In a case filed by the copyright owner (Solid Oak Sketches LLC) against the NBA2k video game maker (Take Two Interactive), the issue is whether NBA players, including Lebron James, can license the image of their own tattoos. In this digital age, video games such as NBA2K depict lifelike avatars of fans’ favorite professional sports players, complete with mirror image recreations of those players’ physical characteristics, including tattoos. For Lebron James’ NBA2K avatar, this means that tattoos depicting the phrase “Hold My Own” on James’ left bicep, as well as the “330 Area Code” on his right forearm, are clearly visible and used throughout the video game, triggering the infringement claim.
On one side of the coin, Solid Oak claims that because the actual tattoo artists sold it the copyright to the underlying images, only Solid Oaks owns the rights to reproduce and publicly display those tattooed images, which were infringed by the video game maker. On the flip side, Take Two asserts that Lebron James (through the NBA), allowed it to use his image, name, and likeness in the NBA2k video game, which necessarily included the subject tattoos. Take Two also claimed that its depiction of the tattooed images were otherwise protected under the fair use doctrine. Solid Oaks recently survived Take Two’s motion to dismiss, and future rulings in the case could have significant implications on the NBA and its players, video game companies, and tattoo artists who create the underlying images. The lawsuit is proceeding before United States District Judge Laura Swain in the Southern District of New York.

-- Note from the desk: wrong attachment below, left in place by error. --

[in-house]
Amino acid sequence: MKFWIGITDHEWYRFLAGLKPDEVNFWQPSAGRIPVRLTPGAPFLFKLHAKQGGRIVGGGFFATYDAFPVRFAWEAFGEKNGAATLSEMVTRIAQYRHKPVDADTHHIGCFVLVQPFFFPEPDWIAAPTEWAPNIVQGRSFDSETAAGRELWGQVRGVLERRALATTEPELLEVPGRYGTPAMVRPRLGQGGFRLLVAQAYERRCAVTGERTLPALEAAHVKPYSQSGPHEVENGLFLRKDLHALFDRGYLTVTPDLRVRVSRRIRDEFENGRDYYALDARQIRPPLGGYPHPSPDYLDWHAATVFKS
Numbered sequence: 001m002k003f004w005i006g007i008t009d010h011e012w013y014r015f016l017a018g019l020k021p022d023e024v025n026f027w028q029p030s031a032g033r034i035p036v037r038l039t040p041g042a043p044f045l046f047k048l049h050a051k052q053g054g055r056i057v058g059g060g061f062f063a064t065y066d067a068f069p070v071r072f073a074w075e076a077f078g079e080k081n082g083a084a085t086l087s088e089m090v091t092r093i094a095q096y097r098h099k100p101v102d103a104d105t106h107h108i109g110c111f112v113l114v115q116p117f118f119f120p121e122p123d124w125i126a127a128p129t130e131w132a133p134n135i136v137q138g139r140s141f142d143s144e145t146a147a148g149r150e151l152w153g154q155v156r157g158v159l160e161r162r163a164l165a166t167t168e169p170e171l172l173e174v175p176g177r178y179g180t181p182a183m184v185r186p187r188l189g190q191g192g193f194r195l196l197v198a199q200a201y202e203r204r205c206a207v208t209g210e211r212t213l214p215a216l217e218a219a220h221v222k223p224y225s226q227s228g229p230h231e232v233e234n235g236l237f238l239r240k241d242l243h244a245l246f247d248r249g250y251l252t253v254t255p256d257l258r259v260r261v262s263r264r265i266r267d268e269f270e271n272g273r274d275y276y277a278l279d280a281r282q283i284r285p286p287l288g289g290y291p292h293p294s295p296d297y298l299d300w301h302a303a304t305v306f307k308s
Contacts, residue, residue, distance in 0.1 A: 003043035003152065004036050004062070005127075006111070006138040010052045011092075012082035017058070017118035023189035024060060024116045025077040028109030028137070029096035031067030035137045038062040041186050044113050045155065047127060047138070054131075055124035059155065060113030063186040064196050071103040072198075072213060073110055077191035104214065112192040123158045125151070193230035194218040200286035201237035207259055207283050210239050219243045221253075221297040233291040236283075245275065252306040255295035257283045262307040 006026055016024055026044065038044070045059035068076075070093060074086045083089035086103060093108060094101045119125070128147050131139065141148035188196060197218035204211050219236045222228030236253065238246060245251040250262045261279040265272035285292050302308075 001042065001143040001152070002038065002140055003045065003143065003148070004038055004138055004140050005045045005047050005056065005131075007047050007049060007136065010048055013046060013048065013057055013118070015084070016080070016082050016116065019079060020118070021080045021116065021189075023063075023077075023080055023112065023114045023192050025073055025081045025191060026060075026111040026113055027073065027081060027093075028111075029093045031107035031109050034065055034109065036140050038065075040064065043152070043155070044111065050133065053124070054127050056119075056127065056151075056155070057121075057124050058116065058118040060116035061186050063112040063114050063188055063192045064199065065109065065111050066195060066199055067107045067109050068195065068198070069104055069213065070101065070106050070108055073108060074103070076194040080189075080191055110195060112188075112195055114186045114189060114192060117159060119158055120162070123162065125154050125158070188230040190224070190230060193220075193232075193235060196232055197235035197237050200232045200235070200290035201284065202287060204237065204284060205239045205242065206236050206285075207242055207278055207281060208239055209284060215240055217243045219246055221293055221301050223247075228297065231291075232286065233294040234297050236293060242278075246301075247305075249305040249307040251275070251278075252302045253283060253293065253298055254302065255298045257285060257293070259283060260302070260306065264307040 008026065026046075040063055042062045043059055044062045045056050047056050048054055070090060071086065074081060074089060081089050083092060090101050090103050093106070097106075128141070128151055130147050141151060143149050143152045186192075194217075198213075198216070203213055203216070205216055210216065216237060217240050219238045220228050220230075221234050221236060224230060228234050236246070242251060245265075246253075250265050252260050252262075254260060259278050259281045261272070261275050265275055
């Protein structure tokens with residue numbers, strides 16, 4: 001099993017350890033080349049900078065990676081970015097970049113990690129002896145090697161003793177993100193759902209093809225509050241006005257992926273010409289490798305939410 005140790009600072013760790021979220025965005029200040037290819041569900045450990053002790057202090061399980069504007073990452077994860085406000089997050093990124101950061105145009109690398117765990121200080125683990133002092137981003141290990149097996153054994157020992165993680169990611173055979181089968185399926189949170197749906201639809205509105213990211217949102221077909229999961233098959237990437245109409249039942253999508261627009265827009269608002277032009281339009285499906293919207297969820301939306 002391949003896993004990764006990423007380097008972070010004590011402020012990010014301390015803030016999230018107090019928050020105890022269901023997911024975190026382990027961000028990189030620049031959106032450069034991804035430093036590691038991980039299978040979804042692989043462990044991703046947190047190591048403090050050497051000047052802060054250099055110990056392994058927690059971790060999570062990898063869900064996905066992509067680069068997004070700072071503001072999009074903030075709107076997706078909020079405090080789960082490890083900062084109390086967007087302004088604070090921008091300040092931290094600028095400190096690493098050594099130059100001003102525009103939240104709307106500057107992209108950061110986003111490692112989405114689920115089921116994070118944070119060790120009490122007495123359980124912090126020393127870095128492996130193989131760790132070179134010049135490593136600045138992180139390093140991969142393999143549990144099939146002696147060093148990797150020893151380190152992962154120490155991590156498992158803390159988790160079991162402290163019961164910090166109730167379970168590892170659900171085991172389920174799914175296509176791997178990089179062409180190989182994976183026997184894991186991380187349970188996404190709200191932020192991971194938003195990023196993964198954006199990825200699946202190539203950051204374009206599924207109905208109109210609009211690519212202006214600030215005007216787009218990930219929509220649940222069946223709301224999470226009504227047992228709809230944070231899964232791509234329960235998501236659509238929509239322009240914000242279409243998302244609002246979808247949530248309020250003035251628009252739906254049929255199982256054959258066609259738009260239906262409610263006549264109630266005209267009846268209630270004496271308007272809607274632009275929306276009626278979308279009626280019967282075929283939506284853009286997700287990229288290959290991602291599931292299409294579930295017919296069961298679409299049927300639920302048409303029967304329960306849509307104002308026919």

Cartier's "LOVE" bracelets, designed in the 1960's, have acheived some reknown due to the locking mechanism that can only be opened with a screwdriver. While Cartier has had success in certain countries protecting the overall look of the bracelet itself, the Intellectual Property Office of Singapore has determined that Cartier can not excercise trademark rights over the word "LOVE."
Last year, Cartier opposed a trademark application to register the slogan "LOVE GOLD" as a trademark in Singapore. While Cartier owns registrations for its stylized variation of "LOVE," which includes a horizontal line through the "O" to mimic the appearance of the screws adorning its bracelet, the Intellectual Property Office of Singapore has apparently determined that these rights do not extend to the word itself. The opinion states, "'[l]ove' is a word which is commonly used by jewelry traders and should not be monopolized by any trader....The word 'love,' however, should be free for traders to incorporate into their trademarks for jewelry."